Life expectancy of Mountain Lions in the wild is reported at 8-13 years; but a female of at least 18 years was reported to have been killed by some idiots on Vancouver Island. Mountain Lions may live as long as 20 years in captivity. One male North American Mountain Lion named Scratch was two months short of his 30th birthday when he died in 2007.
The cougar is a stalk and ambush predator, meaning instead of chasing its prey (which it occasionally does), it prefers to wait in the shadows from above, stalking through brush and trees, across ledges, or other covered spots, before leaping onto the back of its prey and a delivering a suffocating neck bite.
The Mountain Lion eats deer, elk, moose, and bighorn sheep, domestic cattle, horses, sheep, and also bugs, small rodents, and reptiles. Like all cats, it is an obligate carnivore, meaning it needs to feed exclusively on meat to survive. It isn’t always the apex predator of its range (the apex predator is the top predator at the very pinnacle of the ecosystem’s food chain.) The Mountain Lion will yield to the jaguar, the Gray wolf, the American Black Bear, and the Grizzly. It is generally very shy and the sighting of a Mountain Lion is a rare and great thing. There are people who have lived in Mountain Lion country their whole lives and never caught a glimpse.
It is a myth that Mountain Lions pose a serious threat to livestock. A new 2013 study came out showing that unless a particular Mountain Lion is a major problem, it is better to just leave them alone because hunting them removes older Mountain Lions who have learned to avoid people in their established territories. This allows inexperienced younger males who are most likely to approach human developments to enter the former territories of the older animals.
The results of the study:
-100% removal of adult Mountain Lions resulted in a 150% – 340% increase in livestock and human conflicts!
-So, it is much better to leave the older adult experienced Mountain Lions alone- virtually no livestock loss occurs this way. (source)
Mountain Lions Are Vital For A Healthy Eco System
Mountain Lions serve a major role in keeping the ecosystem healthy. They weed out the sick and genetically weak animals, keeping the populations in balance and healthy- which is turn keeps the vegetation and landscape healthy. Mountain Lions are necessary for a healthy ecosystem. If you’re ever lucky enough to spot one from somewhere safe like a vehicle, just be real quiet and feel the power.
Wildlife corridors and sufficient range areas are critical to the sustainability of Mountain Lion populations. Research simulations have shown that the animal faces a low extinction risk in areas of 2200 km2 (850 sq mi) or more. As few as one to four new animals entering a population per decade markedly increases the chance for a healthy population to grow, which again shows how important it is to preserve and create new wildlife corridors.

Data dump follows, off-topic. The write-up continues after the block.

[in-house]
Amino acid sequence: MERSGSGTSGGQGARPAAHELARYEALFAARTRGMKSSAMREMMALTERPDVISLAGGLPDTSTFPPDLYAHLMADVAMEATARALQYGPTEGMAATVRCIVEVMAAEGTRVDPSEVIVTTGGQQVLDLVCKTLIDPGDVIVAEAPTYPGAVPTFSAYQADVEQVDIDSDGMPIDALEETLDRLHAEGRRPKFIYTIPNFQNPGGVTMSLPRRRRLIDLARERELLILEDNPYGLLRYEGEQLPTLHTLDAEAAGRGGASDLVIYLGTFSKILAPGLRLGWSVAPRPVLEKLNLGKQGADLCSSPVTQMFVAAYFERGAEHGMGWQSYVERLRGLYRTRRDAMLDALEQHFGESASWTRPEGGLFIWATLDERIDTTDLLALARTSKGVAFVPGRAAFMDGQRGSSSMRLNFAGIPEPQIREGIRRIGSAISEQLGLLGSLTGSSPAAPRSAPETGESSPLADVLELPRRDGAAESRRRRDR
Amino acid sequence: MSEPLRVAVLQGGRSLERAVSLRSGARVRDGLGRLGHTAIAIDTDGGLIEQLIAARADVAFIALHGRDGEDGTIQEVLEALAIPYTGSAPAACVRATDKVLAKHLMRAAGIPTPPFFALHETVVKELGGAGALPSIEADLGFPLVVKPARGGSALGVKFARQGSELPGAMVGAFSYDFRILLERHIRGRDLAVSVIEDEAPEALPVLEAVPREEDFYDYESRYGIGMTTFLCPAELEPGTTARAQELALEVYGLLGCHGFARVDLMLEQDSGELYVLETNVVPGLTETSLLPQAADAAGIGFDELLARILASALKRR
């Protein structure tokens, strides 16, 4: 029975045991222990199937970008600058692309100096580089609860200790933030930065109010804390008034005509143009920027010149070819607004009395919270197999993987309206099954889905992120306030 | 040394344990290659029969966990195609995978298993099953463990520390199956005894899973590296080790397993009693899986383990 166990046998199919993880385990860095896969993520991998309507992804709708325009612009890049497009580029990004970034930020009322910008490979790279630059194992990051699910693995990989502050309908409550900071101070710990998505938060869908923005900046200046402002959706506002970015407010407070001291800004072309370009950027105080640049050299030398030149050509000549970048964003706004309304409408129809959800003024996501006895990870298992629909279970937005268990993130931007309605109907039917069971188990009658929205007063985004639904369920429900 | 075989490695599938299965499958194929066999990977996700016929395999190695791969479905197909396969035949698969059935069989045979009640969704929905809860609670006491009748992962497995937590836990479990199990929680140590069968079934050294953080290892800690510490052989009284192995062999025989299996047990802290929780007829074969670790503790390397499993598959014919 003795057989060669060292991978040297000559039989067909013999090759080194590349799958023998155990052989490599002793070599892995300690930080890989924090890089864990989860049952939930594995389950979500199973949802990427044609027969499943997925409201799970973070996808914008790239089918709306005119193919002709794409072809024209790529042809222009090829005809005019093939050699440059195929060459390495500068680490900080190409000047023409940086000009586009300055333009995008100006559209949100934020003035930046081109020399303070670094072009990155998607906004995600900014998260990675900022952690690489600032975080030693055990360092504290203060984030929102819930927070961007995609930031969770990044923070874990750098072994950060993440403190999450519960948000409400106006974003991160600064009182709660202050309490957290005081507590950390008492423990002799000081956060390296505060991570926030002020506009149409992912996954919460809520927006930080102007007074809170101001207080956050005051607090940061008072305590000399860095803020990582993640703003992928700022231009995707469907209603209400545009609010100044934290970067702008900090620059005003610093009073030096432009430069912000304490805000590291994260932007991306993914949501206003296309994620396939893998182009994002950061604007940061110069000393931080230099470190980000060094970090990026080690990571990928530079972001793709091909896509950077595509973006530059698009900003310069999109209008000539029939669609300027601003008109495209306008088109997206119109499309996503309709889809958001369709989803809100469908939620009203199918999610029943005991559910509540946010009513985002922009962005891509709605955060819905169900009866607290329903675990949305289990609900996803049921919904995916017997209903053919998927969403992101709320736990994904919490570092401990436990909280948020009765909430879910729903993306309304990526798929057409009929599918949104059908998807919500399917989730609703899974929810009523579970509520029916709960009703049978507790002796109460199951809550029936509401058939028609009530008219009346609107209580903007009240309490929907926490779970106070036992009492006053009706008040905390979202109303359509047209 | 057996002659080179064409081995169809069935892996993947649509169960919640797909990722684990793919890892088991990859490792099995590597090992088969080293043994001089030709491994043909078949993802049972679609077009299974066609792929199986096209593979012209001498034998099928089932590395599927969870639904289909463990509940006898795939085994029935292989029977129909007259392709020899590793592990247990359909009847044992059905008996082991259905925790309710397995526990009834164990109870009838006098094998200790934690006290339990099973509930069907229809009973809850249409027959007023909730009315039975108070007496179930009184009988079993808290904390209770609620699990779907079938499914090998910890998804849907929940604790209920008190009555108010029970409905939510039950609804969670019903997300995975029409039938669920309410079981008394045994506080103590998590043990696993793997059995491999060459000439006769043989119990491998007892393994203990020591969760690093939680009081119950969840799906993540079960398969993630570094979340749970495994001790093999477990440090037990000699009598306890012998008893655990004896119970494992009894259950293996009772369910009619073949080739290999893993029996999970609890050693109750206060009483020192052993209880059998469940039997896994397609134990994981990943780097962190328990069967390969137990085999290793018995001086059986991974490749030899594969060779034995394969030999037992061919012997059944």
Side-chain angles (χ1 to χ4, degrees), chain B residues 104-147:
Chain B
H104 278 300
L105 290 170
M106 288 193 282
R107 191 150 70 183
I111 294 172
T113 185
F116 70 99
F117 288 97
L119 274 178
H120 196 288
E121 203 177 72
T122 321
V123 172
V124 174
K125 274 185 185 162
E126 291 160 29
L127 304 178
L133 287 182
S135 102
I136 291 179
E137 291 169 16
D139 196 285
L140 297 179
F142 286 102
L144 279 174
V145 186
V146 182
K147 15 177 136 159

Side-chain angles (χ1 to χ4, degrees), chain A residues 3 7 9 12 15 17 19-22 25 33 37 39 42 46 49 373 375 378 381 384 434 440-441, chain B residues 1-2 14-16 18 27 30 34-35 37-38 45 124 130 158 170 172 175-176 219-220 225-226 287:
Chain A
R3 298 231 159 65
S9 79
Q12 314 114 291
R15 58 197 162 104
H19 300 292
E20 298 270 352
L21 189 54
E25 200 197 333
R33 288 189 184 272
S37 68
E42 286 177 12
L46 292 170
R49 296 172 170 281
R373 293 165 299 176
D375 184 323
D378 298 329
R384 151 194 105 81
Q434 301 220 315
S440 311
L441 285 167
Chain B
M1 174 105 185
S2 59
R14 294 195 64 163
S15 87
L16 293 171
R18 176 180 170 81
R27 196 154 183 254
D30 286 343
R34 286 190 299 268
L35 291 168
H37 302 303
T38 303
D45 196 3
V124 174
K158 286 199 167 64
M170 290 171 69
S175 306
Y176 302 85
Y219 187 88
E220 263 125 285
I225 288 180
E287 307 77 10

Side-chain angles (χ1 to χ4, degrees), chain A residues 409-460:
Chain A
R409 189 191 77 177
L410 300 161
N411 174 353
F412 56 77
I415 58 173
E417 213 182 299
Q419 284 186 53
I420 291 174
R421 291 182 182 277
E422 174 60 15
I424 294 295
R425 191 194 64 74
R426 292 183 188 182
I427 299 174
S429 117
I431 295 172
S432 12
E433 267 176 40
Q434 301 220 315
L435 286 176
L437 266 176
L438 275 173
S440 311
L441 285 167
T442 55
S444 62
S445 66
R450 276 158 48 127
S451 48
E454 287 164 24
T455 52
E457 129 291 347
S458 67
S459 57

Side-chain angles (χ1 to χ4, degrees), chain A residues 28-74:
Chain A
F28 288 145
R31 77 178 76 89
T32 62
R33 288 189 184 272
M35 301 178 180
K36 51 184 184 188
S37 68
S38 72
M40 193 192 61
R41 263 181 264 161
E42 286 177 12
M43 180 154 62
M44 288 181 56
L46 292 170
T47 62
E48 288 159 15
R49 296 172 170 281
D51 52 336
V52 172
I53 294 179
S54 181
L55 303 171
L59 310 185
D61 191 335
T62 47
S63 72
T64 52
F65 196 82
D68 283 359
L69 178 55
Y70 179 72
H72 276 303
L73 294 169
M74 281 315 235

A wildlife corridor, also called a habitat or green corridor is an area of habitat connecting wildlife populations that have become separated by human activities or structures, such as roads, development, or logging. It is a bridge of land that animals can walk through in order to travel to different locations for water, food, and to breed. This allows an exchange of individuals between populations, which majorly helps prevent the negative effects of inbreeding and the reduction of genetic diversity.
Edit: Great News!
Mountain Lion Attacks Are Incredibly Rare, But Here’s What To Do If You Encounter One On Foot In The Wild
Attacks on humans are very rare, as Mountain Lion prey recognition is a learned behavior and they do not generally recognize humans as prey unless they have become habituated to humans or are in a state of extreme starvation. Attacks are most frequent during late spring and summer, when juvenile Mountain lions leave their mothers and search for new territory. Fatal Mountain lion attacks are extremely rare and occur much less frequently than fatal dog attacks, fatal snake bites, fatal lightning strikes, or fatal bee stings. Around 20 people in North America were killed by Mountain lions between 1890 and 2011, including six in California. More than two-thirds of the Canadian fatalities occurred on Vancouver Island in British Columbia where Mountain lion populations are high.
As with many predators, a Mountain lion may attack if cornered or if a fleeing human stimulates their instinct to chase. A person “playing dead” or simply standing still however may cause the Mountain lion to consider a person easy prey. Here’s what to do if you see a Mountain Lion in the wild:
1.Make yourself appear as large as possible. Make yourself appear larger by picking up your children, leashing pets in, and if possible standing close to other adults. Open your jacket. Raise your arms. Wave your raised arms slowly.
2.Make noise. Yell, shout, bang your walking stick against a tree. Make any loud sound that cannot be confused by the Mountain Lion as the sound of prey. Speak slowly, firmly and loudly to disrupt and discourage predatory behavior.